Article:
Liu Zhaolong, a Chinese national, was found to have purchased
raw wine, bottles, bottle caps, labels, bottle capping equipment
and other illegal materials and tools, and manufactured counterfeit
wines imitating Chivas, Remy Martin, Ballantine's, Jack
Daniels, Martell, Hennessy, Royal Salute and other famous wine
brands. Liu filled the counterfeit wines and distributed them to
several cities in China, the illegal turnover of which has been
over RMB 200,000 (around US$31,250). As a result, Beijing Daxing
District Court found that Liu Zhaolong had violated the provisions
of Article 213 of the Criminal Law of China and committed the crime
of counterfeiting a registered trademark.
Pursuant to the judicial interpretations jointly issued by the
Supreme People's Court of China and the Supreme People's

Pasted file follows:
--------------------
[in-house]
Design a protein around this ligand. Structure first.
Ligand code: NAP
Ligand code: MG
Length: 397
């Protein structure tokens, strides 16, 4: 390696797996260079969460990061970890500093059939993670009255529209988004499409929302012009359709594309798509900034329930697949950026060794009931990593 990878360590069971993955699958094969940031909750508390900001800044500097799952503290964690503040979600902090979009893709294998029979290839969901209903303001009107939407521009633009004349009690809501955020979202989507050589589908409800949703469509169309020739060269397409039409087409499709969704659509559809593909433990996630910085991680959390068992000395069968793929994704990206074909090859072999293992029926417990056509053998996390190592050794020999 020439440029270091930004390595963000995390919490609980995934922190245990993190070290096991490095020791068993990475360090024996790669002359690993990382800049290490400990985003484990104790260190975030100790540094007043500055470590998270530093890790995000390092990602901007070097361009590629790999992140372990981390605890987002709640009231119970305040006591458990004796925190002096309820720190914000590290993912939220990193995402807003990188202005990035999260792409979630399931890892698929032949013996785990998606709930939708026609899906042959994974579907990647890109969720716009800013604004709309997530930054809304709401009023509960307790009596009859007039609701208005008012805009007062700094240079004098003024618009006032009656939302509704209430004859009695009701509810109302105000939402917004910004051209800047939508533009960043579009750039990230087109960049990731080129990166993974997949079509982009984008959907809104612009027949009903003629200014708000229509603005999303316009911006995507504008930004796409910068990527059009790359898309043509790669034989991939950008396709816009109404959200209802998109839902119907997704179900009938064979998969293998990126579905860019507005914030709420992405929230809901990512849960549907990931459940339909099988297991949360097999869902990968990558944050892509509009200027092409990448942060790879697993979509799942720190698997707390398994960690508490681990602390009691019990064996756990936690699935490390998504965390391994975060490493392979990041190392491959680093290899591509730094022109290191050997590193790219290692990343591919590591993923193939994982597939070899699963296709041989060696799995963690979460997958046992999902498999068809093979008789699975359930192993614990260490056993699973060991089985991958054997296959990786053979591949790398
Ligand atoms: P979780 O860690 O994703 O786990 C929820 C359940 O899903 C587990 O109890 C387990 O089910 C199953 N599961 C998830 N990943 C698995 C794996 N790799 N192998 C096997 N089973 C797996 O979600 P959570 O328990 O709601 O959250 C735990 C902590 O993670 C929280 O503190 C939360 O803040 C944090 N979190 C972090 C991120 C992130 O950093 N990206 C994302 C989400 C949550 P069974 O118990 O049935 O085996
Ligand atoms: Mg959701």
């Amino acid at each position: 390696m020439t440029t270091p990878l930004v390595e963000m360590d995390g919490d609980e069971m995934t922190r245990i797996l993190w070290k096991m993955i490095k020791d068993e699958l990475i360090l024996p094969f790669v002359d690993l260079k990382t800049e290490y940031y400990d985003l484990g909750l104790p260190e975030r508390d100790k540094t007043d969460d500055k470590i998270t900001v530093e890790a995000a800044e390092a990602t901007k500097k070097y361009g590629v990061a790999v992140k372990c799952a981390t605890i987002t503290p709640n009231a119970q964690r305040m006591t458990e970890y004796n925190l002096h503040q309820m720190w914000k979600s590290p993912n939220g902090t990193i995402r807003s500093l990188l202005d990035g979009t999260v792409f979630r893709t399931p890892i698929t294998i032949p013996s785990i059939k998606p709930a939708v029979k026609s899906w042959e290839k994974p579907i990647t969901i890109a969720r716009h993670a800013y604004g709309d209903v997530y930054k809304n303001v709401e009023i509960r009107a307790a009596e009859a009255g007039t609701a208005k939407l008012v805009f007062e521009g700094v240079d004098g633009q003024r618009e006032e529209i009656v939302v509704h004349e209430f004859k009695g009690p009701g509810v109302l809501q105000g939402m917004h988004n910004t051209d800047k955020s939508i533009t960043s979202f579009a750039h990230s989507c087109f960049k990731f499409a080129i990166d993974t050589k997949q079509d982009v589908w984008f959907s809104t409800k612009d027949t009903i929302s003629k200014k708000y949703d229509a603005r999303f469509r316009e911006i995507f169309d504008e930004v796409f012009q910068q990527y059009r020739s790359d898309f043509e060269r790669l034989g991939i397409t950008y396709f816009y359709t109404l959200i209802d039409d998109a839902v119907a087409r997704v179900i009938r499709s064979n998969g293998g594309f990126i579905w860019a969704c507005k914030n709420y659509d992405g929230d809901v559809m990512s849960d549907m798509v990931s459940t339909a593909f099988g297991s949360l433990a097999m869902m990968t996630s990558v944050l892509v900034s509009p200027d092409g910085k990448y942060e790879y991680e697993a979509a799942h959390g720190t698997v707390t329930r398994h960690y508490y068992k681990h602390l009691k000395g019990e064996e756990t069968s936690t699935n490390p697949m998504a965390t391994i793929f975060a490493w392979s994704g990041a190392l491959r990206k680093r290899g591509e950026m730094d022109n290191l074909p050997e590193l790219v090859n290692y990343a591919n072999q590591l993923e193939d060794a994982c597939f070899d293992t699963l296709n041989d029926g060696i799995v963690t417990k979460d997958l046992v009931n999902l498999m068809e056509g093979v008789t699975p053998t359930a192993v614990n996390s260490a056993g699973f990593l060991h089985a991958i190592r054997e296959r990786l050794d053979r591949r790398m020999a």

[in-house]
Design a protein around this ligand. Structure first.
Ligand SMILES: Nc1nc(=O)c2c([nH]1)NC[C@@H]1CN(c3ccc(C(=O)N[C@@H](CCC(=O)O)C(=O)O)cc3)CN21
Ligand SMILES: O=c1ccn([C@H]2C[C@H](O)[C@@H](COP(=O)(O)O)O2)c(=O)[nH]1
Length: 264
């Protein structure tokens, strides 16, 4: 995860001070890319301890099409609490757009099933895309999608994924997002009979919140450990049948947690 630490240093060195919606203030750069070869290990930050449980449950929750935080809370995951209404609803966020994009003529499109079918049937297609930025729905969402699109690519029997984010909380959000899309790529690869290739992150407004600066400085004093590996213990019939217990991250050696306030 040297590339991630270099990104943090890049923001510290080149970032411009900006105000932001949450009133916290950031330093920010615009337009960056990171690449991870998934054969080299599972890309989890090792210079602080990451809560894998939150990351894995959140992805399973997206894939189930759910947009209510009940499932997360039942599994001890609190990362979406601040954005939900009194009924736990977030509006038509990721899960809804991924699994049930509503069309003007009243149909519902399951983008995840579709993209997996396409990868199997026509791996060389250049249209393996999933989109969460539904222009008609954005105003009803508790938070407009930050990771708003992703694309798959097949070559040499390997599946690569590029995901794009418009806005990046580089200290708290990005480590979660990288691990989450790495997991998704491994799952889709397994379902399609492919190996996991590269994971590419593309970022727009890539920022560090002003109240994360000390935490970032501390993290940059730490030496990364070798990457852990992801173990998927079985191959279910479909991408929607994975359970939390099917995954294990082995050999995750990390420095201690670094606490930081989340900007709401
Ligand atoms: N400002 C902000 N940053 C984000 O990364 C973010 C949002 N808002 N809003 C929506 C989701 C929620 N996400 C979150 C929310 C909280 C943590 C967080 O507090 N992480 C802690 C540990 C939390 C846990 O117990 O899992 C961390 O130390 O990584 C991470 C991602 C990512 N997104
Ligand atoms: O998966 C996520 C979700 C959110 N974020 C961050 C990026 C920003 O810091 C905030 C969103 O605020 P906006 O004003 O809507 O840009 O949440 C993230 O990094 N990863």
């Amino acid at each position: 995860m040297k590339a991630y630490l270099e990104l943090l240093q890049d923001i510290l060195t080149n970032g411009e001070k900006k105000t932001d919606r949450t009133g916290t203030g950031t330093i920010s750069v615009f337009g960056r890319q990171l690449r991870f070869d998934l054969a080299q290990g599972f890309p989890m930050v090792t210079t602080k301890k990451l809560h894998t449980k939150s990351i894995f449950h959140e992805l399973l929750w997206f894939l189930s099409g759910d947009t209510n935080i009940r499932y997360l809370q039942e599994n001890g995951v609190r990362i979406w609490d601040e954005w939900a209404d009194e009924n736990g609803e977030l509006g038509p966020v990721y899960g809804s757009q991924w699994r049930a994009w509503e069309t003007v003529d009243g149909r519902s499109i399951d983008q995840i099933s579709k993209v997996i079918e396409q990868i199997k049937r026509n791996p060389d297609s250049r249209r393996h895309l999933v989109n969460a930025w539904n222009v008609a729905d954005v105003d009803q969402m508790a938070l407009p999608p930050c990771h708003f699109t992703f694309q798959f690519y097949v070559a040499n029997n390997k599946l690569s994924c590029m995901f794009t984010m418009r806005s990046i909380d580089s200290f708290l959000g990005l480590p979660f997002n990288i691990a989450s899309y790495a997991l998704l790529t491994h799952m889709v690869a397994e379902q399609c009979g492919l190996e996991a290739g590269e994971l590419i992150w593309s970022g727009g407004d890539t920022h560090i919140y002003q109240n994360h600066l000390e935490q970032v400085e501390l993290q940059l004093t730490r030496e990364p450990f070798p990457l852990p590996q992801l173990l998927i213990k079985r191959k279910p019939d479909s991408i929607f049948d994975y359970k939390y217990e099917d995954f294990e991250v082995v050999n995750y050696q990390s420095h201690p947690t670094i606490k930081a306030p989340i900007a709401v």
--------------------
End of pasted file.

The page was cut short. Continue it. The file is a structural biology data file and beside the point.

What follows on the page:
Procuratorate of China in December 2004, a person who uses a mark
identical to a registered trademark on the same type of goods
without permission, and either has an operational value that
exceeds the statutory threshold or if there are other serious
circumstances justifying criminal sanction, has committed the crime
of counterfeiting a registered trademark. The crime carries a
sentence of not more than three years imprisonment, criminal
detention, and/or fines. If more than two registered trademarks are
counterfeited and the operational value reaches RMB150,000, or the
illegal profits reach RMB100,000, especially serious circumstances
are deemed to exist, and the applicable sentence is three to seven
years in addition to fines.
In the present case, Liu Zhaolong counterfeited nearly 10 types
of foreign wine brands, in an operation valued at more than
RMB150,000. These acts not only constituted the crime of
counterfeiting registered trademarks, but the court also determined
that especially serious circumstances existed. Therefore, Liu was
sentenced to 4 years imprisonment and fined RMB150,000 by the
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